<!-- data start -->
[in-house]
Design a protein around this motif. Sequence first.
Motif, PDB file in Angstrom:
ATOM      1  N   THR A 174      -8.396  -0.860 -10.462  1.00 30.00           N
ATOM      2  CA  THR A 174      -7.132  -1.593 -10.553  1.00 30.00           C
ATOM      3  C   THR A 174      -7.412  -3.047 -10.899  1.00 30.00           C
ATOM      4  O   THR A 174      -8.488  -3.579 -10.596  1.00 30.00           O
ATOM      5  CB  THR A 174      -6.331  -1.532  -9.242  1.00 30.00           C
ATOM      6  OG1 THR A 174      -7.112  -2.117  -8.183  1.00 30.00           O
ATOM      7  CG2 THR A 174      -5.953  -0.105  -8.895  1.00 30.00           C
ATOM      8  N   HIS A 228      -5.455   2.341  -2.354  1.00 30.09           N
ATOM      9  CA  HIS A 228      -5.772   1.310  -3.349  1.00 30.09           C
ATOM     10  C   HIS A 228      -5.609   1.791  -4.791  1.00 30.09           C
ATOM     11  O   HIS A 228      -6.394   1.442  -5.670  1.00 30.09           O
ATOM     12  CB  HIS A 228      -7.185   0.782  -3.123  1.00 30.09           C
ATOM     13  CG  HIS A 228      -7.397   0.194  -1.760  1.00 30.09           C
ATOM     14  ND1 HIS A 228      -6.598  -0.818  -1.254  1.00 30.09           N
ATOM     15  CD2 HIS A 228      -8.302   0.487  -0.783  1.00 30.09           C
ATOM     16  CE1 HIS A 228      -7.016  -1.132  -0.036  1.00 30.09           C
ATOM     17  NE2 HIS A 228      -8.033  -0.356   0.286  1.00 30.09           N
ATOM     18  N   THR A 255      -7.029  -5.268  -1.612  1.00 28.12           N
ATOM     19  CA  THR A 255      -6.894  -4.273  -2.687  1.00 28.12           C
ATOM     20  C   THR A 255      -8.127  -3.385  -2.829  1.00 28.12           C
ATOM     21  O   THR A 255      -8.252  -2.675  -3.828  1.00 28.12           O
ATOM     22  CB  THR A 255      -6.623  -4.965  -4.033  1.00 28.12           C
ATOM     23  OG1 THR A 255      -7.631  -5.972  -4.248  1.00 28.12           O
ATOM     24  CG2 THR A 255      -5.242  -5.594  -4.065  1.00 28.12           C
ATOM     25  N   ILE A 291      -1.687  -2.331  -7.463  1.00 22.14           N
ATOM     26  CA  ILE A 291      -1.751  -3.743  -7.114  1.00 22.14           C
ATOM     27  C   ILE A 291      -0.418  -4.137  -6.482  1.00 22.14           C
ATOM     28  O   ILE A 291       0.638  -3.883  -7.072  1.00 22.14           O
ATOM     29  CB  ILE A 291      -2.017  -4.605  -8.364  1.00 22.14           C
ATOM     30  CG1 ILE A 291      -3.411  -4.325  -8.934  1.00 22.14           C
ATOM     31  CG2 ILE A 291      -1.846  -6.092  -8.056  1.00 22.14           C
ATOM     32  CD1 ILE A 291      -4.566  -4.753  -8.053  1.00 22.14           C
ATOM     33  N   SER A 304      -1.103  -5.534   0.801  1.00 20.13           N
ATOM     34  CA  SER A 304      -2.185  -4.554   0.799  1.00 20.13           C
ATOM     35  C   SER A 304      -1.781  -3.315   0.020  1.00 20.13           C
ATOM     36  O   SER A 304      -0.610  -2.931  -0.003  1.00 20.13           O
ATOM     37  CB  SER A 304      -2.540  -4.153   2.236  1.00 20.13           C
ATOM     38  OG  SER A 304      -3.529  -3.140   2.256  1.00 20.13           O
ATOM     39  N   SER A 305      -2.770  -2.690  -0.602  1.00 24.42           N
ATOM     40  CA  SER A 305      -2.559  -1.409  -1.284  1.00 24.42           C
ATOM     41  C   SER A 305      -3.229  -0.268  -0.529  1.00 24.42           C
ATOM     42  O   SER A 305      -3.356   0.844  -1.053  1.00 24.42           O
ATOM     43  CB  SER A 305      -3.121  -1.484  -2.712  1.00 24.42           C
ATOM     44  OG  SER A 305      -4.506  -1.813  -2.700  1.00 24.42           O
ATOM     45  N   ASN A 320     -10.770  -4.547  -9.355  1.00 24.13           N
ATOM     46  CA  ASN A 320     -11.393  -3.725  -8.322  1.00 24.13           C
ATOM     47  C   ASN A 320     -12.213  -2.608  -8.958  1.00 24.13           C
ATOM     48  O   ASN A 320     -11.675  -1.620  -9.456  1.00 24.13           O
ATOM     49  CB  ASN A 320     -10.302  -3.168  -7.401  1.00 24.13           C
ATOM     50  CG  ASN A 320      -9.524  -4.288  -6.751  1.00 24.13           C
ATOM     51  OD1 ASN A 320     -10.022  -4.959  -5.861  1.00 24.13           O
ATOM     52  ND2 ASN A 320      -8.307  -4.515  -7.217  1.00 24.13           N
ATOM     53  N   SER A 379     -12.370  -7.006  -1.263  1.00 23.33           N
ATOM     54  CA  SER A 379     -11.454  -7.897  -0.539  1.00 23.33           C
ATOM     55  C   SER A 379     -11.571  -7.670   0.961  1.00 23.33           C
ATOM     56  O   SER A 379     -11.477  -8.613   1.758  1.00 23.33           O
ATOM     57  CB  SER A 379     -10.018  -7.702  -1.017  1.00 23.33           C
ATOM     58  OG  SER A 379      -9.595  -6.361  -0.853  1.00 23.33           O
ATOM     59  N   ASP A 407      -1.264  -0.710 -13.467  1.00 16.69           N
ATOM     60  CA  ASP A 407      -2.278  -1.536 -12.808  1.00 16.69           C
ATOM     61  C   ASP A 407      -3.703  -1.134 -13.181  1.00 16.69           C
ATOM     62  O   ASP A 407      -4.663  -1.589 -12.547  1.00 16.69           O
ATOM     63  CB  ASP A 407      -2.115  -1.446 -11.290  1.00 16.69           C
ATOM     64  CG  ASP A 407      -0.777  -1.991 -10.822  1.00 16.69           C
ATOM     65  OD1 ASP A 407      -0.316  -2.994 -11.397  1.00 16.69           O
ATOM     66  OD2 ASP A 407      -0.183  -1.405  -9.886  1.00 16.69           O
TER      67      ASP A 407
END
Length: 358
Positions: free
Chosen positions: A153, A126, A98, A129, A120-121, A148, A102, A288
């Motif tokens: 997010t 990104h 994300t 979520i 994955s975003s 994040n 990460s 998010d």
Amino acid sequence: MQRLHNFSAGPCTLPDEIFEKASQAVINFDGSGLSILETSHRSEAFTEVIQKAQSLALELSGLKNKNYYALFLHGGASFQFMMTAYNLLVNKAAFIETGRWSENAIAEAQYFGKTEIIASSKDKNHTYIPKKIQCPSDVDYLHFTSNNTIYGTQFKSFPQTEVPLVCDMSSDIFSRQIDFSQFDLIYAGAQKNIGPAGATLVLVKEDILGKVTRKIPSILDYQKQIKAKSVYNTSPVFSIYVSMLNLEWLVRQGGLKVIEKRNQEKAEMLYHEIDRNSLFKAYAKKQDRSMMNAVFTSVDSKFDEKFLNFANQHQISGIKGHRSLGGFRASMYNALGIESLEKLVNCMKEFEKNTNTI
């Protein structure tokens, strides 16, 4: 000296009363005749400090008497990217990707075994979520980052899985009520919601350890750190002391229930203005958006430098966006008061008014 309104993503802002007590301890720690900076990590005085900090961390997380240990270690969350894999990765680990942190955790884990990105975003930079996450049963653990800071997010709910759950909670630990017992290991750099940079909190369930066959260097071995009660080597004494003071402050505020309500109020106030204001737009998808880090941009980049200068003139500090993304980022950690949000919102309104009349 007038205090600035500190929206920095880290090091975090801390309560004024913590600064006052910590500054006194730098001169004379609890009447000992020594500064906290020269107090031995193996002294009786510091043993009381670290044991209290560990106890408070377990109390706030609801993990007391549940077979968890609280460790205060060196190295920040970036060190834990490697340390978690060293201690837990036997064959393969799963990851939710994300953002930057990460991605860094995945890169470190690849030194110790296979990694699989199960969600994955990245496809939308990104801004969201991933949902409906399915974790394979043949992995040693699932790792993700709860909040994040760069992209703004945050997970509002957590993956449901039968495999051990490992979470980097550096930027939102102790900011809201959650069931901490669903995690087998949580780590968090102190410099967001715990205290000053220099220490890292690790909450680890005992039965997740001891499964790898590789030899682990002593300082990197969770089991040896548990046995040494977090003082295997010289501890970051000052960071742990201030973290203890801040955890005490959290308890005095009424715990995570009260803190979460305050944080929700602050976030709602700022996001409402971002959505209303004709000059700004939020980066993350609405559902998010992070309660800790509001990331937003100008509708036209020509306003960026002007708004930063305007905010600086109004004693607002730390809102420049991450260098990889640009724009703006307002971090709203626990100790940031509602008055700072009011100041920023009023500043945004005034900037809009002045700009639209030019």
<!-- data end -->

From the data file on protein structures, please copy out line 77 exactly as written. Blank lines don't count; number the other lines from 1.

């Protein structure tokens, strides 16, 4: 000296009363005749400090008497990217990707075994979520980052899985009520919601350890750190002391229930203005958006430098966006008061008014 309104993503802002007590301890720690900076990590005085900090961390997380240990270690969350894999990765680990942190955790884990990105975003930079996450049963653990800071997010709910759950909670630990017992290991750099940079909190369930066959260097071995009660080597004494003071402050505020309500109020106030204001737009998808880090941009980049200068003139500090993304980022950690949000919102309104009349 007038205090600035500190929206920095880290090091975090801390309560004024913590600064006052910590500054006194730098001169004379609890009447000992020594500064906290020269107090031995193996002294009786510091043993009381670290044991209290560990106890408070377990109390706030609801993990007391549940077979968890609280460790205060060196190295920040970036060190834990490697340390978690060293201690837990036997064959393969799963990851939710994300953002930057990460991605860094995945890169470190690849030194110790296979990694699989199960969600994955990245496809939308990104801004969201991933949902409906399915974790394979043949992995040693699932790792993700709860909040994040760069992209703004945050997970509002957590993956449901039968495999051990490992979470980097550096930027939102102790900011809201959650069931901490669903995690087998949580780590968090102190410099967001715990205290000053220099220490890292690790909450680890005992039965997740001891499964790898590789030899682990002593300082990197969770089991040896548990046995040494977090003082295997010289501890970051000052960071742990201030973290203890801040955890005490959290308890005095009424715990995570009260803190979460305050944080929700602050976030709602700022996001409402971002959505209303004709000059700004939020980066993350609405559902998010992070309660800790509001990331937003100008509708036209020509306003960026002007708004930063305007905010600086109004004693607002730390809102420049991450260098990889640009724009703006307002971090709203626990100790940031509602008055700072009011100041920023009023500043945004005034900037809009002045700009639209030019």